It is, once again, Canada Day: Canada's 143rd birthday. As I write this, I can hear the sound of fireworks at Parliament Hill - which, supposedly, I would be able to see if not for the block of townhouses adjacent to the back yard. As always, downtown Ottawa is closed to traffic and becomes the location of a massive street party. This year is particularly special, as the Queen arrived in Halifax on Tuesday, and was present in Ottawa for the day's festivities.
It has been my tradition every year to post a short history about some Canadian patriotic song. I hope no one minds if I'm a little tongue-in-cheek this year, but while posting a week of Rush hits, I couldn't resist this opportunity.
In 1980, the CBC network asked the producers of the sketch comedy program SCTV to include two minutes of specifically Canadian content. In response, cast members Dave Thomas and Rick Moranis created "The Great White North," a mock talk show in which two dimwitted brothers wore toques, drank beer, ate back bacon, spoke in Canadian slang, and basically parodied every Canadian stereotype there was. Amazingly, the segment became the most popular part of SCTV, and Bob and Doug McKenzie became not merely caricatures, but genuine Canadian cultural icons.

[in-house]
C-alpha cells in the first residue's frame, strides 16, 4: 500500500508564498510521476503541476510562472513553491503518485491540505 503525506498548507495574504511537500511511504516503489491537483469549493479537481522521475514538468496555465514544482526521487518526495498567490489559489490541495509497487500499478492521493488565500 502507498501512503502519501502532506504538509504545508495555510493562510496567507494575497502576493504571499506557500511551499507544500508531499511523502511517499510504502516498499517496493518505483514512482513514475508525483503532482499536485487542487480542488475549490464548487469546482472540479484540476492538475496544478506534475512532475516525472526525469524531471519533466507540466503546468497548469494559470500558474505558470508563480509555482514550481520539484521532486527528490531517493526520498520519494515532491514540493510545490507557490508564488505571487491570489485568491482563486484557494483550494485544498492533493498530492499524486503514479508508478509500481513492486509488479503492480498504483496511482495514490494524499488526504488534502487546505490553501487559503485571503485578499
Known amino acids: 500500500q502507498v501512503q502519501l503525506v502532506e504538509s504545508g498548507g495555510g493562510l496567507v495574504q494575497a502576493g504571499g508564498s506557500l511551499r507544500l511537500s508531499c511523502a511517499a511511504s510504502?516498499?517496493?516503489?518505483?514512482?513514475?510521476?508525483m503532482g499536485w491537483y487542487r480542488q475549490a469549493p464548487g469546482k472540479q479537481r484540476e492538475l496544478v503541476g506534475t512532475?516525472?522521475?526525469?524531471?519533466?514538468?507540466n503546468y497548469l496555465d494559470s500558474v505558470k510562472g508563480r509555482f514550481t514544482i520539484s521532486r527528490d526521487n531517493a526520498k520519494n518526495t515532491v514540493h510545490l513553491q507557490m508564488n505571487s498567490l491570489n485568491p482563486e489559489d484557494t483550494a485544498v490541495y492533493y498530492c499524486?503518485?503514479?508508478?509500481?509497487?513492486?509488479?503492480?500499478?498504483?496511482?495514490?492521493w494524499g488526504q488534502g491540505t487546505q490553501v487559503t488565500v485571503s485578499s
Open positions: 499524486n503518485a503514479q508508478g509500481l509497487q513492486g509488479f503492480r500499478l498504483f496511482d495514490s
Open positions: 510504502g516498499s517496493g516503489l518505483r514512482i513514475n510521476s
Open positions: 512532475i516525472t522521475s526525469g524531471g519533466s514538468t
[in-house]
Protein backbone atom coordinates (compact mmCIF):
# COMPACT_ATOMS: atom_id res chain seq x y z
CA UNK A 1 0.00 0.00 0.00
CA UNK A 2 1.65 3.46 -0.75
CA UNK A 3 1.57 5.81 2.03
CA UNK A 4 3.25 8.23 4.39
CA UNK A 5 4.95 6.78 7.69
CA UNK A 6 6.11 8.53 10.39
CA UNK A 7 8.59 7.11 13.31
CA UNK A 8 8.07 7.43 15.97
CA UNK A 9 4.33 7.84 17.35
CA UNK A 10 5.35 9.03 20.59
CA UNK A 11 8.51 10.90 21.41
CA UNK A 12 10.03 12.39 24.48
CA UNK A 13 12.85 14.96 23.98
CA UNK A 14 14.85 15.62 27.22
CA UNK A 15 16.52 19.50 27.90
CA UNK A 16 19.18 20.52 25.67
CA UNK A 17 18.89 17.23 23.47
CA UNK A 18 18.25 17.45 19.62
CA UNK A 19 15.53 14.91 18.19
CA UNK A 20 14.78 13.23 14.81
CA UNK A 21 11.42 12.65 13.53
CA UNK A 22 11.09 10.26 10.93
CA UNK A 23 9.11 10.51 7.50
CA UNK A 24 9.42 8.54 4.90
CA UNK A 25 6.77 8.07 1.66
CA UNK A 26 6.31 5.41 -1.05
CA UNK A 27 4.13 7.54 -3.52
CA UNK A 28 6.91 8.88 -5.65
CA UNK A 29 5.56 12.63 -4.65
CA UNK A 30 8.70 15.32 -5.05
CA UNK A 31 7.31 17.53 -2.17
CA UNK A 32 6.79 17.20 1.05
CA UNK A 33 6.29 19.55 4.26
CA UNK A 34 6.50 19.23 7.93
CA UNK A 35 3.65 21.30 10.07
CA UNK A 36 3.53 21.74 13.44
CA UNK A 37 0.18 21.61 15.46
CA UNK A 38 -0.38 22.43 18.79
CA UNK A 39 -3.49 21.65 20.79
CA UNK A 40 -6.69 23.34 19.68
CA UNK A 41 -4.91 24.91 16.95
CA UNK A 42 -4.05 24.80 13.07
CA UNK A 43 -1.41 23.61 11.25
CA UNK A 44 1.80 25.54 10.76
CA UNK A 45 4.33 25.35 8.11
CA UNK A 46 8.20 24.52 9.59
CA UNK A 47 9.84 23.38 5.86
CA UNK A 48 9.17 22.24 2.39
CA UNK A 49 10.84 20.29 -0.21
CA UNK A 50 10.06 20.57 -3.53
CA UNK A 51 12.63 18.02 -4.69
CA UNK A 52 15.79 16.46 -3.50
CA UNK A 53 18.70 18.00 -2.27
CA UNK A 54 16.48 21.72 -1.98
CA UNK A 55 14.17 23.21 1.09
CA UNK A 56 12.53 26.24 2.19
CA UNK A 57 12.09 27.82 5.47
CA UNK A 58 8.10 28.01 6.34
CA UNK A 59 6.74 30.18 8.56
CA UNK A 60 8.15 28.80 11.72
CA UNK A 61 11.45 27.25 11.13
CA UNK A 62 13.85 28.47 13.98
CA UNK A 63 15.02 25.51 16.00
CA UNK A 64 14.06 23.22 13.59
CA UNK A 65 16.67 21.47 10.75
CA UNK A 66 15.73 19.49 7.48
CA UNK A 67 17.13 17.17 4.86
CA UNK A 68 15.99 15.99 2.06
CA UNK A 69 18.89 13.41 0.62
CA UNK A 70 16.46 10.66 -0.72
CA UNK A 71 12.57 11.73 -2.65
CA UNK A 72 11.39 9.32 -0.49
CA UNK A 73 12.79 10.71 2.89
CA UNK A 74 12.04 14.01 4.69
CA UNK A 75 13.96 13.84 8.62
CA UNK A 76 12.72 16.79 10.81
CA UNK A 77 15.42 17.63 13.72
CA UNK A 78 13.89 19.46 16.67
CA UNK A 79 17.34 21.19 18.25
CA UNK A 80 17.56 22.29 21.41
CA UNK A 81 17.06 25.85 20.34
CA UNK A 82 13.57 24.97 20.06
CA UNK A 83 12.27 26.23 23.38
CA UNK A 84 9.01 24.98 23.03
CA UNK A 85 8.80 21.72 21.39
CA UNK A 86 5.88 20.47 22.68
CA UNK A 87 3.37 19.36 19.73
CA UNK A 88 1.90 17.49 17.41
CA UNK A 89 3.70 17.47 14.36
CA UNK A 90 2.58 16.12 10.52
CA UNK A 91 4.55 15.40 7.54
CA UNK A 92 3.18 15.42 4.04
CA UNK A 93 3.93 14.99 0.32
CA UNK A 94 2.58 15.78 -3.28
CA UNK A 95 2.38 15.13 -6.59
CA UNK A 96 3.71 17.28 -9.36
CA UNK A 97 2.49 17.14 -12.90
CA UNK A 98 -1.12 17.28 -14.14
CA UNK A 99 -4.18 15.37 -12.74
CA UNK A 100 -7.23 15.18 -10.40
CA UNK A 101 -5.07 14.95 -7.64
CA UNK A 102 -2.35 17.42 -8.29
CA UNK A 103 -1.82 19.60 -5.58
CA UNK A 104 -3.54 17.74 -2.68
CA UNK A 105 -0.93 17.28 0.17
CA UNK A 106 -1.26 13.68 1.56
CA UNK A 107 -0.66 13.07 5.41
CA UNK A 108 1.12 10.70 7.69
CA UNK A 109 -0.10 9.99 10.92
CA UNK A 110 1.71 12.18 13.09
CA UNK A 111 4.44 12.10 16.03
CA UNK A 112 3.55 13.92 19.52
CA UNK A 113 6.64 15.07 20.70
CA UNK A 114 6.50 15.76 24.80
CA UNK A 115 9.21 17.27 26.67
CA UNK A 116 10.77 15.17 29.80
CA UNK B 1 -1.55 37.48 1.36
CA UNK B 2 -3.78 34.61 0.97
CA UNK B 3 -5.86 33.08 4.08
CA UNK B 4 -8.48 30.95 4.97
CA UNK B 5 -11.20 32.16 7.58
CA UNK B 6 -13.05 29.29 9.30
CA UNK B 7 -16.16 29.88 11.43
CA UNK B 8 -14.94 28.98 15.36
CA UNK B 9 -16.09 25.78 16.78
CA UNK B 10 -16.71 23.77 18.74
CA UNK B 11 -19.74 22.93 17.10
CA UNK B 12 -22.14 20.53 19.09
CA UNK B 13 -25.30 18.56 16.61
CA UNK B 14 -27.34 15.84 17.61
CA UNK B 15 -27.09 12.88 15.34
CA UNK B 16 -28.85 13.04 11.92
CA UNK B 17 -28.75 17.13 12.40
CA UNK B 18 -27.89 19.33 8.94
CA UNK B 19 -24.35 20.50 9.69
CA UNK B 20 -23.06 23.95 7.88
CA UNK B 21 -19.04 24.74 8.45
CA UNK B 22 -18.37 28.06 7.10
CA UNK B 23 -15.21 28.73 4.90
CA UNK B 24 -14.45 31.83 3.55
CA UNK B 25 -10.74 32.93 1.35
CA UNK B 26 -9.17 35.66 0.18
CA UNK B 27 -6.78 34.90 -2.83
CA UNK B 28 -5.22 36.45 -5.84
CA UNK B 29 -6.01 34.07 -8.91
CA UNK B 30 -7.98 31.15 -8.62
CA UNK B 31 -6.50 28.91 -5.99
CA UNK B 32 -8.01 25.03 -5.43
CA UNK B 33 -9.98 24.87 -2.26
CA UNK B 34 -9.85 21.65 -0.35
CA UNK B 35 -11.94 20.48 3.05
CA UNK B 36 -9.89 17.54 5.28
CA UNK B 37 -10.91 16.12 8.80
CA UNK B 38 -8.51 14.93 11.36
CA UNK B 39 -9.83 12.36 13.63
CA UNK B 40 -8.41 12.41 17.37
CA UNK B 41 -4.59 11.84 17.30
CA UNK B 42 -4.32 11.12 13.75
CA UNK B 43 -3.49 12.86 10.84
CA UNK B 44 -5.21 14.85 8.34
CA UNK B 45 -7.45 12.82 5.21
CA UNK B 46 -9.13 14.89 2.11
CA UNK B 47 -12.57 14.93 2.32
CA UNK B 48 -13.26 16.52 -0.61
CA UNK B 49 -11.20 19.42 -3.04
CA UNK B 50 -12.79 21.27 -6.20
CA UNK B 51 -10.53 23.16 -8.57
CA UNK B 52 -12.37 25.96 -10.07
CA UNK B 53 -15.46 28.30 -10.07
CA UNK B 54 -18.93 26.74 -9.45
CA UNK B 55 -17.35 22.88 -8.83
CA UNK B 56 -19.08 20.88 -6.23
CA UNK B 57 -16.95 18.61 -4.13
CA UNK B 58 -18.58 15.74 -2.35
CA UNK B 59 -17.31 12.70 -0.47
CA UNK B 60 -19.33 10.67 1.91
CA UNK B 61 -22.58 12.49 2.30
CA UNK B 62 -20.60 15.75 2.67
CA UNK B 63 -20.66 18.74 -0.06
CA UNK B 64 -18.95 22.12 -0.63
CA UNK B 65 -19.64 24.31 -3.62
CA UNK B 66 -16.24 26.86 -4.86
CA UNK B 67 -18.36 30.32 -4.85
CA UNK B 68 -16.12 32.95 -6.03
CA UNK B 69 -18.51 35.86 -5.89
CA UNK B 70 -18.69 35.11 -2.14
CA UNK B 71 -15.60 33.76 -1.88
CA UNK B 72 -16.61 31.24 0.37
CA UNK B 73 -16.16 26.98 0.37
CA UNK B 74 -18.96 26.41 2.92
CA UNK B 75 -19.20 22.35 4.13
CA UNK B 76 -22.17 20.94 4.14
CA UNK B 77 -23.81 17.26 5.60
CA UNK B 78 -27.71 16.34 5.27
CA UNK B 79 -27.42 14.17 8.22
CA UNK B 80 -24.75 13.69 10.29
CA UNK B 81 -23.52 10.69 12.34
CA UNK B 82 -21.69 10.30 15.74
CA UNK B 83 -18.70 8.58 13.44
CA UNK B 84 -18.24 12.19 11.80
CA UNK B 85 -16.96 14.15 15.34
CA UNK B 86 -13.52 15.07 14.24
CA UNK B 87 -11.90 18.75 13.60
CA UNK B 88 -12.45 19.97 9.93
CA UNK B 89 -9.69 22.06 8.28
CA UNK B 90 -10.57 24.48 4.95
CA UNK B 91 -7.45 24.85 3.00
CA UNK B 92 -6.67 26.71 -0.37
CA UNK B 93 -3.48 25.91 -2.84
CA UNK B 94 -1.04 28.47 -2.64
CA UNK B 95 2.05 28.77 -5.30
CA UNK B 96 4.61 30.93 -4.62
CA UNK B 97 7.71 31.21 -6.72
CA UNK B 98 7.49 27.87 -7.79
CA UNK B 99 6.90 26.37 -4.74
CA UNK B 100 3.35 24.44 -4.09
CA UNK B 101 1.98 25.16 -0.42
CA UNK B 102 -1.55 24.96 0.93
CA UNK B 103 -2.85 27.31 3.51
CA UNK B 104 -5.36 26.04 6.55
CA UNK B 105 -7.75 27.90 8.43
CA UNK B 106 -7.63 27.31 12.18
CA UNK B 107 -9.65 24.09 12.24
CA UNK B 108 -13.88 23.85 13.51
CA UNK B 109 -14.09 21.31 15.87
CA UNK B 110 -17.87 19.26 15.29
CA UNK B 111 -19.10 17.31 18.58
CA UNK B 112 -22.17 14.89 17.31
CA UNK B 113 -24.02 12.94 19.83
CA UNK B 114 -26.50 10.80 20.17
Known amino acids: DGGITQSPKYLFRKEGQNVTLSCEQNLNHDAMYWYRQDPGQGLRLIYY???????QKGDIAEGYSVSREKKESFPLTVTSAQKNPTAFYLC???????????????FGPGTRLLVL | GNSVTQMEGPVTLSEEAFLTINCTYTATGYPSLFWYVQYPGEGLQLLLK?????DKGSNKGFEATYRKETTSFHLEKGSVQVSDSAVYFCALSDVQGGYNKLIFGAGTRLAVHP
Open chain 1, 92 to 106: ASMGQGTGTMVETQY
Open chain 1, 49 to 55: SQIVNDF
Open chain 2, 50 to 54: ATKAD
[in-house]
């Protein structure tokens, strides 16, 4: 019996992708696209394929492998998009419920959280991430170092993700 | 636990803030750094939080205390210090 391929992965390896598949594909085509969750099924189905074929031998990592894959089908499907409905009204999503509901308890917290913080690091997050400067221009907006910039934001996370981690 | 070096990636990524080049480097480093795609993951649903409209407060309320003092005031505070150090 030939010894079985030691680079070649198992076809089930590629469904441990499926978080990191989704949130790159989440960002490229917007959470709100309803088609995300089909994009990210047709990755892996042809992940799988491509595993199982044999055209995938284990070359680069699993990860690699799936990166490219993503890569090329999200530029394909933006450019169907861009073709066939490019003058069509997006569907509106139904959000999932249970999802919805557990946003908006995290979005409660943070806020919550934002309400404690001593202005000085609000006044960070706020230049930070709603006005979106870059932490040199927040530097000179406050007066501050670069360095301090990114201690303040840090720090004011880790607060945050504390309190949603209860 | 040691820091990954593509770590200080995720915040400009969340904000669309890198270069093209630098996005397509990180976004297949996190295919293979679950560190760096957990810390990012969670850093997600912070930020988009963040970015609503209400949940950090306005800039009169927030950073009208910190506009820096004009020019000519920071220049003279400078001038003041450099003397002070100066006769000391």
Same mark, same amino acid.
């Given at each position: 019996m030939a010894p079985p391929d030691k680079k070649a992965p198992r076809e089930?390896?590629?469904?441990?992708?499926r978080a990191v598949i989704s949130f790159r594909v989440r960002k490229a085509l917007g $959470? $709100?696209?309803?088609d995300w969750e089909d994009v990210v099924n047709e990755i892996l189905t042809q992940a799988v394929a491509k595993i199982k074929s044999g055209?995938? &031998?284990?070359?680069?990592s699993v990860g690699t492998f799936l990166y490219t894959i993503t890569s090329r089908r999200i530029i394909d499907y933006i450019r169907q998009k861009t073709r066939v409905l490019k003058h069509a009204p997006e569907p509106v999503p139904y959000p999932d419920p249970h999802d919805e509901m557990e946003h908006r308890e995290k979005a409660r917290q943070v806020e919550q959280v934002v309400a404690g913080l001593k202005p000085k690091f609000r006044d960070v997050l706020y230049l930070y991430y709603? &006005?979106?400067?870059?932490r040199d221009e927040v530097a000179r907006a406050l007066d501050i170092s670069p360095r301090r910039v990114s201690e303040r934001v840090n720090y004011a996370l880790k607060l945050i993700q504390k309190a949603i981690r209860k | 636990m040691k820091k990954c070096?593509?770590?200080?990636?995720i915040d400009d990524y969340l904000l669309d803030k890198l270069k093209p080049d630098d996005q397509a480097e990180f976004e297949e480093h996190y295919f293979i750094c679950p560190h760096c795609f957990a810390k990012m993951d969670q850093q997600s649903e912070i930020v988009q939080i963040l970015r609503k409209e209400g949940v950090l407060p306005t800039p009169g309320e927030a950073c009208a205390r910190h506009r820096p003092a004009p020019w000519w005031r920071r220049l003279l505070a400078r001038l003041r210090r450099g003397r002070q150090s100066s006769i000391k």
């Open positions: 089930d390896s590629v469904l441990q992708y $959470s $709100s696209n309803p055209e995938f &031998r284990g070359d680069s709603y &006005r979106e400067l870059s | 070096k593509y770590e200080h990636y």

Since the characters became inexplicably popular in the United States, Bob and Doug became cultural ambassadors of a sort, and are probably as responsible as anyhing else for the notion that we Canadians say "Eh?" and "Take off" and "Beauty!" a lot. In addition to SCTV, the Bob and Doug phenomenon spawned a hit comedy record, a cult movie, a set of ads for Pizza Hut, an animated TV series, and, of course, a hit comedy album. The Great White North was like an audio-only version of the TV show, discussing such topics as Doug's ability to make sound effects with his mouth or why donut shops never have enough parking spaces. It even included a hit single: "Take Off," which even broke the top 20 in the U.S. It features Rush's Geddy Lee singing the chorus - because, as he says on the album, "Ten bucks is ten bucks." (Moranis and Lee actually attended public school together as children.)
Here it is. Enjoy. (And happy birthday, Canada.)
Previous Canada Day songs: